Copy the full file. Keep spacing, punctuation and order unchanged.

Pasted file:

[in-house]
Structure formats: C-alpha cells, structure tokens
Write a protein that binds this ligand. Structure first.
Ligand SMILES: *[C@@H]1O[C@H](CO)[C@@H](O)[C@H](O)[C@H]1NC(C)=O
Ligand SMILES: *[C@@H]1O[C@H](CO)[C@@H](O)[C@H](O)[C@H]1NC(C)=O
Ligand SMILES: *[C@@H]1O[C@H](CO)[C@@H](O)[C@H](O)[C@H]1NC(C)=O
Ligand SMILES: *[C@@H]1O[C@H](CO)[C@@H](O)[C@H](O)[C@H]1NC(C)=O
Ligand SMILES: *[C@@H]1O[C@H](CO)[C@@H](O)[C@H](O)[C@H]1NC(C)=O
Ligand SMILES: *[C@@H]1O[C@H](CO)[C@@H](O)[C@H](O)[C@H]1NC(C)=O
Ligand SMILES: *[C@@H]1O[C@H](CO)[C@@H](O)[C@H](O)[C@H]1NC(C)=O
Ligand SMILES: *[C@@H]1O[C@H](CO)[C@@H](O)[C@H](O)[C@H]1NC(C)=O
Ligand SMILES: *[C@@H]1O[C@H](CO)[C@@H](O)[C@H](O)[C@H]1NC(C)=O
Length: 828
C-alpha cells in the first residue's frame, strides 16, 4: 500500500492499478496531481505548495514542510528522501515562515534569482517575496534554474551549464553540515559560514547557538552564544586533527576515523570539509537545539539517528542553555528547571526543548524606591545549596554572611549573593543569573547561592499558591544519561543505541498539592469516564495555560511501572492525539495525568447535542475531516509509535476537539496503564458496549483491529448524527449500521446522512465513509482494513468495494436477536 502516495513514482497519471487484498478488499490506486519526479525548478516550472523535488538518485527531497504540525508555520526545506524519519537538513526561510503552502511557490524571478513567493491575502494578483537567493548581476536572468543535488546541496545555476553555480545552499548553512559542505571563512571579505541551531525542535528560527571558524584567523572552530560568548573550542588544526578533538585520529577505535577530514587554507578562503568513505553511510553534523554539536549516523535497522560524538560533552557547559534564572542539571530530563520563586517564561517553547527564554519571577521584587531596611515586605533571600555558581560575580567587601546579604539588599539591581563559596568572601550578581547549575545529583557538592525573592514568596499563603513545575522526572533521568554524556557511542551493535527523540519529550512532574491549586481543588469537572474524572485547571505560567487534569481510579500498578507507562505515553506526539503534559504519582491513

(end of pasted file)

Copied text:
[in-house]
Structure formats: C-alpha cells, structure tokens
Write a protein that binds this ligand. Structure first.
Ligand SMILES: *[C@@H]1O[C@H](CO)[C@@H](O)[C@H](O)[C@H]1NC(C)=O
Ligand SMILES: *[C@@H]1O[C@H](CO)[C@@H](O)[C@H](O)[C@H]1NC(C)=O
Ligand SMILES: *[C@@H]1O[C@H](CO)[C@@H](O)[C@H](O)[C@H]1NC(C)=O
Ligand SMILES: *[C@@H]1O[C@H](CO)[C@@H](O)[C@H](O)[C@H]1NC(C)=O
Ligand SMILES: *[C@@H]1O[C@H](CO)[C@@H](O)[C@H](O)[C@H]1NC(C)=O
Ligand SMILES: *[C@@H]1O[C@H](CO)[C@@H](O)[C@H](O)[C@H]1NC(C)=O
Ligand SMILES: *[C@@H]1O[C@H](CO)[C@@H](O)[C@H](O)[C@H]1NC(C)=O
Ligand SMILES: *[C@@H]1O[C@H](CO)[C@@H](O)[C@H](O)[C@H]1NC(C)=O
Ligand SMILES: *[C@@H]1O[C@H](CO)[C@@H](O)[C@H](O)[C@H]1NC(C)=O
Length: 828
C-alpha cells in the first residue's frame, strides 16, 4: 500500500492499478496531481505548495514542510528522501515562515534569482517575496534554474551549464553540515559560514547557538552564544586533527576515523570539509537545539539517528542553555528547571526543548524606591545549596554572611549573593543569573547561592499558591544519561543505541498539592469516564495555560511501572492525539495525568447535542475531516509509535476537539496503564458496549483491529448524527449500521446522512465513509482494513468495494436477536 502516495513514482497519471487484498478488499490506486519526479525548478516550472523535488538518485527531497504540525508555520526545506524519519537538513526561510503552502511557490524571478513567493491575502494578483537567493548581476536572468543535488546541496545555476553555480545552499548553512559542505571563512571579505541551531525542535528560527571558524584567523572552530560568548573550542588544526578533538585520529577505535577530514587554507578562503568513505553511510553534523554539536549516523535497522560524538560533552557547559534564572542539571530530563520563586517564561517553547527564554519571577521584587531596611515586605533571600555558581560575580567587601546579604539588599539591581563559596568572601550578581547549575545529583557538592525573592514568596499563603513545575522526572533521568554524556557511542551493535527523540519529550512532574491549586481543588469537572474524572485547571505560567487534569481510579500498578507507562505515553506526539503534559504519582491513